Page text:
Marvel's Agents of S.H.I.E.L.D.: Season 4 (2016) 95%

Agents of S.H.I.E.L.D. (ABC)

Played By: Agent Coulson: Clark Gregg (The New Adventures of Old Christine); Melina May: Ming-Na Wen (The Joy Luck Club); Quake: Chloe Bennet (Nashville); Leo Fitz: Iain De Caestecker (Not Another Happy Ending); Jemma Simmons: Elizabeth Henstridge (Reach Me); Mack: Henry Simmons (NYPD Blue)
Show Created By: Joss Whedon, Jed Whedon, Maurissa Tancharoen
Where to See It: Tuesdays, 10 p.m., on ABC. Seasons one through three are available on Netflix.
Who Are They? Remember those guys in The Avengers with the big, flying aircraft carrier who helped out Iron Man and his superfriends? Yeah, Coulson and crew used to work for them, then they didn’t, and now they do again.
Fun Fact: While some of S.H.I.E.L.D.’s characters were created just for this show or the movies, they’re all comic characters now, as you can see in the books S.H.I.E.L.D: Volume 1: Perfect Bullets and S.H.I.E.L.D: Volume 2: The Man Called D.E.A.T.H. from former Fantastic Four writer Marc Waid.

Marvel's Luke Cage: Season 1 (2016) 94%

Luke Cage (Netflix)

Played By: Mike Colter (The Good Wife)
Show Created By: Cheo Hodari Coker
Where To See It: Season 1 debuted on Netflix Sept. 28.
Who Is He? While he has unbreakable skin and superhuman strength, Luke, in this show, has not become a Daredevil-esque superhero…yet.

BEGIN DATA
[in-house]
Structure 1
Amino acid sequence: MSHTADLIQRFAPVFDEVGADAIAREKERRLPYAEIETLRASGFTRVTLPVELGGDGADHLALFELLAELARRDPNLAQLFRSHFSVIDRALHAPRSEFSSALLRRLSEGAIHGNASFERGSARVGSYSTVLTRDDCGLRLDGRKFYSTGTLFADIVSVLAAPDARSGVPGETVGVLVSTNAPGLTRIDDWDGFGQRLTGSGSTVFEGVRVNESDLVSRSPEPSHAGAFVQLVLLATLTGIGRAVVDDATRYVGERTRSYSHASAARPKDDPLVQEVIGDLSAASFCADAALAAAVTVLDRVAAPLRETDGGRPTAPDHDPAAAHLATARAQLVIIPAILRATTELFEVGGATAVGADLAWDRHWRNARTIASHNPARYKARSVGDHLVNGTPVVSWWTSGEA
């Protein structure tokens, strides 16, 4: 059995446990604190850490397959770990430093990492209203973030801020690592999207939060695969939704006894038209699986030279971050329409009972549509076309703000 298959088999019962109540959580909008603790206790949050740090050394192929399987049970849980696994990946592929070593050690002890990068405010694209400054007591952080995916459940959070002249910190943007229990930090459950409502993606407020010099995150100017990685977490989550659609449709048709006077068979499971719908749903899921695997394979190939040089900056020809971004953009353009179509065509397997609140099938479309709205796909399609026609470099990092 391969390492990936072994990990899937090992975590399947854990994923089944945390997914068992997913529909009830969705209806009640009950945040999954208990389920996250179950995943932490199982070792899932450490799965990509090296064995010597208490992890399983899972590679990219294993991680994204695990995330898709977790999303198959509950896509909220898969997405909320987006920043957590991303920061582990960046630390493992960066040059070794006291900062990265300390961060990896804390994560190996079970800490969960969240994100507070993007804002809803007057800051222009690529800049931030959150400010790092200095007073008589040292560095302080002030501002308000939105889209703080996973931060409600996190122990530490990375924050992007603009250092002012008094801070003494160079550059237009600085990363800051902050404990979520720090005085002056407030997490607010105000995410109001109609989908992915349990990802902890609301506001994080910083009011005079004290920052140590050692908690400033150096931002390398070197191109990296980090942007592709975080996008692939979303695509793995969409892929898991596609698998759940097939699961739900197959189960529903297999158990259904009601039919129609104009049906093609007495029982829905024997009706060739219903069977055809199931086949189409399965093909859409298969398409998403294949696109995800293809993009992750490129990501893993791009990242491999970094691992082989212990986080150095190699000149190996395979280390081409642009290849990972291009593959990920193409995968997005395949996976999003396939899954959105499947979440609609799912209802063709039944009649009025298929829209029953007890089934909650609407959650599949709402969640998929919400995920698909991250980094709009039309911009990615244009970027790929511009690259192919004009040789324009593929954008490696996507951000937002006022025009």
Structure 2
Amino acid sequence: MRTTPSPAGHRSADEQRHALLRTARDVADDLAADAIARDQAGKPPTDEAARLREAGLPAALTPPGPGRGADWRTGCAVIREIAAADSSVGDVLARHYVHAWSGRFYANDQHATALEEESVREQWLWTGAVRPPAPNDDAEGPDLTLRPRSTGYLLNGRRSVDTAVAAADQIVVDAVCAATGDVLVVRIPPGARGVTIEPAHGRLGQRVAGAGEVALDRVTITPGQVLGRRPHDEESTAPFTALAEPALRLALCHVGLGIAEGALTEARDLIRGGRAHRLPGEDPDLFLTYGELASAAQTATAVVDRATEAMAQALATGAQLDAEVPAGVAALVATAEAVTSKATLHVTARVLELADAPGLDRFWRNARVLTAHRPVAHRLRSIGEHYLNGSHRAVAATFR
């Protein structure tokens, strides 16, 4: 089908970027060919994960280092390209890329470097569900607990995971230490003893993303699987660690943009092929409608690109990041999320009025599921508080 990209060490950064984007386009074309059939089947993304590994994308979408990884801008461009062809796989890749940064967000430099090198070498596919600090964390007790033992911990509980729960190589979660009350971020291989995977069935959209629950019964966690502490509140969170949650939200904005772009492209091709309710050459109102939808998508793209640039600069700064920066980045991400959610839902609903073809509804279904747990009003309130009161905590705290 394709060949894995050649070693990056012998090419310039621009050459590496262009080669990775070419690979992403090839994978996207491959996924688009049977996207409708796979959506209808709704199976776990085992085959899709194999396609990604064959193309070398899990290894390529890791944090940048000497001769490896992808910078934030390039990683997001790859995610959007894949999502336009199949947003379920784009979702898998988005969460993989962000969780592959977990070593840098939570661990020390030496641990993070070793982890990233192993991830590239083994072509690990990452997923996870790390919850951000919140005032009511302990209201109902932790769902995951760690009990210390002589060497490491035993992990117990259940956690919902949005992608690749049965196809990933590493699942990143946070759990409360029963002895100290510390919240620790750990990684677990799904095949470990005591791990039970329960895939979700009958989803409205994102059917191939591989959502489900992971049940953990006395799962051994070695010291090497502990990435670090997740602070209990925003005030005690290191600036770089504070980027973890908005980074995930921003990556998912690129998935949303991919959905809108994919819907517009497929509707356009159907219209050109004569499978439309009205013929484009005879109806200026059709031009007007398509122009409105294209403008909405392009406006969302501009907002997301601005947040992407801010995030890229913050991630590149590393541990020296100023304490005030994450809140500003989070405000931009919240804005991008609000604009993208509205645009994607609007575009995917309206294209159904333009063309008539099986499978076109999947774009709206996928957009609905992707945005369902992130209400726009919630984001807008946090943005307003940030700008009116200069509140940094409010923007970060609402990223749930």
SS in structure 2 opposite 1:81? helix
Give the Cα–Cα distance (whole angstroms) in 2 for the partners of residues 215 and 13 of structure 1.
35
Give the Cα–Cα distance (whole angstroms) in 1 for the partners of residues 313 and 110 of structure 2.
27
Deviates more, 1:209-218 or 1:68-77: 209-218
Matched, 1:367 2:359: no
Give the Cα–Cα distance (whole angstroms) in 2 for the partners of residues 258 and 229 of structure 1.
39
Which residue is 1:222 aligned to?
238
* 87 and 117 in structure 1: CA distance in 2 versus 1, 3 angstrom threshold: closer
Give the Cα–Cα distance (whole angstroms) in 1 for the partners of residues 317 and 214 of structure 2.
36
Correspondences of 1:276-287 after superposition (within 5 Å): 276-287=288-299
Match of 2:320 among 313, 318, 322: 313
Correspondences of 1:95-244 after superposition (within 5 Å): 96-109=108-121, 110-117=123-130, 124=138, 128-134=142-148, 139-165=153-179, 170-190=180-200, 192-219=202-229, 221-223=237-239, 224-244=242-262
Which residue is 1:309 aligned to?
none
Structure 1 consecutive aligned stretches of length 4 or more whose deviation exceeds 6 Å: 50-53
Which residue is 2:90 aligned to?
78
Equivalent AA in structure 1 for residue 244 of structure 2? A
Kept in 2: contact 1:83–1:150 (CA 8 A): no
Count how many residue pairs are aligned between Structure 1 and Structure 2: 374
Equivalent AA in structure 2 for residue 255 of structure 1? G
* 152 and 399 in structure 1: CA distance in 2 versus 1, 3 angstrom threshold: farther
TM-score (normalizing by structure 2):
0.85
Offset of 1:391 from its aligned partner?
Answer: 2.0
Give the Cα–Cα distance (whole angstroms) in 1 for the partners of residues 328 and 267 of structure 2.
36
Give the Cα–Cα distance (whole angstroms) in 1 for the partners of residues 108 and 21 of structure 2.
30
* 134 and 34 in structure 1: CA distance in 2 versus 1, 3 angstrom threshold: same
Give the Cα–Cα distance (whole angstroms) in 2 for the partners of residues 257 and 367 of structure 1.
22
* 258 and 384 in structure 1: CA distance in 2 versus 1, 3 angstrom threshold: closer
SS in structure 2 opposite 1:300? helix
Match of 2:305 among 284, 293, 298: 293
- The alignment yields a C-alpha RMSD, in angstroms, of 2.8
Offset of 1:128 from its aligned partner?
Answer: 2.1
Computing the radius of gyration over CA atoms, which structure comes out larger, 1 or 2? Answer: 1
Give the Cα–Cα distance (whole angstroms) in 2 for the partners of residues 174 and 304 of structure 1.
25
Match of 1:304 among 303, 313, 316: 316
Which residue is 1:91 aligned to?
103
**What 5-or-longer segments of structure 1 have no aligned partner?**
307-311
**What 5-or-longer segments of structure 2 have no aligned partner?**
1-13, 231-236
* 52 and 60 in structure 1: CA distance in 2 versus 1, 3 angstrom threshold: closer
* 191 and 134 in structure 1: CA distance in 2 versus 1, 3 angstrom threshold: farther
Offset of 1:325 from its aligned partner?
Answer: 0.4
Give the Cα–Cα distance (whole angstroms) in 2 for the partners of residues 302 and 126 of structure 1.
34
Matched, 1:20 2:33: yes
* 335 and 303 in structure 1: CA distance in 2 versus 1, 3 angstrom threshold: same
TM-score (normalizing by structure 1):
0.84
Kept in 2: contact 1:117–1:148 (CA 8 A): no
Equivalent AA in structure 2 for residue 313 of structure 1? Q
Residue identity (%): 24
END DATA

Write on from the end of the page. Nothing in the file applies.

Fun Fact: In the comics, Luke Cage and Jessica Jones are not only married, but they have a kid together. Best part: their babysitter is Squirrel Girl — y’know, the fuzzy superhero with a tail who talks to squirrels and once beat up Galactus.


GOTHAM-VERSE

Though this show is — like The Flash, Arrow, Supergirl, and Legends of Tomorrow — based on stories from DC Comics, it’s actually not connected to those shows. Or, for that matter, the DC Comics movies. It’s all alone at the center of its own universe.

Gotham: Season 3 (2016) 74%

Gotham (Fox)

Played By: James Gordon: Ben McKenzie (The O.C.); Harvey Bullock: Donal Logue (Grounded for Life); Bruce Wayne: David Mazouz (Touch); Alfred Pennyworth: Sean Pertwee (Elementary); Penguin: Robin Lord Taylor (Accepted); Leslie Thompkins: Morena Baccarin (Firefly)
Show Created By: Bruno Heller
Where to See It: Mondays, 8 p.m., on Fox. Seasons one and two are available on Netflix.
Who Are They? In this Batman prequel show, the future Commissioner Gordon starts out as a beat cop, Penguin slowly builds his criminal empire, and The Dark Knight is just a kid who hasn’t learned the joys of cosplay.
Fun Fact: Gotham City’s mental hospital Arkham Asylum takes its name from the writings of H.P. Lovecraft, who died two years before Batman first took flight in 1939’s Detective Comics #27.